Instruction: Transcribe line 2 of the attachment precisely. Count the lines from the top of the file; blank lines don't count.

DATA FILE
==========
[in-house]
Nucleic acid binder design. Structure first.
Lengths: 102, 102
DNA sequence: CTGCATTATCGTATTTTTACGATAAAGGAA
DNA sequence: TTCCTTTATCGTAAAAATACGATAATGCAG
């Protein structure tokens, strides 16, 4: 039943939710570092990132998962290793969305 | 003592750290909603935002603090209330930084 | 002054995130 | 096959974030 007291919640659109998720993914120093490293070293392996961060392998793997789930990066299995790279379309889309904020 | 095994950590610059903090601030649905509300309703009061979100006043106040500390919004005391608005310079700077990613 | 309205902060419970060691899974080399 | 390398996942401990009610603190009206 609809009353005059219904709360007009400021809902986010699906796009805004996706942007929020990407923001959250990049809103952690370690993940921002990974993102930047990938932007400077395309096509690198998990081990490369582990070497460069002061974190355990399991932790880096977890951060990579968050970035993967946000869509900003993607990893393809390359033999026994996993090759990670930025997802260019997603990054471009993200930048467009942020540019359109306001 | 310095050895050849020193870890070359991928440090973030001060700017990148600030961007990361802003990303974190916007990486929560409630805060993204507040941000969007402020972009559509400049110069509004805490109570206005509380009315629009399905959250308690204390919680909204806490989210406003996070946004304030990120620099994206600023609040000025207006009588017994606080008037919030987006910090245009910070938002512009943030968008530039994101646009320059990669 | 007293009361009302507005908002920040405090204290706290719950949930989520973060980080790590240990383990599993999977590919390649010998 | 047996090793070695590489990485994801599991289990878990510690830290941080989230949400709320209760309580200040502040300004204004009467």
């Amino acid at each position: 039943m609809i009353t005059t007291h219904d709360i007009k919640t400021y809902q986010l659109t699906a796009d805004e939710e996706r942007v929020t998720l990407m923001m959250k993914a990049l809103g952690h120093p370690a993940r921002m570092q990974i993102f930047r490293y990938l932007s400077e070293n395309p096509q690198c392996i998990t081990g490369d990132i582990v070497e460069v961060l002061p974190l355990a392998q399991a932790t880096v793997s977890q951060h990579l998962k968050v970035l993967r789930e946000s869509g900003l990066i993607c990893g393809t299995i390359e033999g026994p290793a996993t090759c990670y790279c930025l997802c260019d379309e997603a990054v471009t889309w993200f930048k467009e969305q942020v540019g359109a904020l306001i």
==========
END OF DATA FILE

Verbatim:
Nucleic acid binder design. Structure first.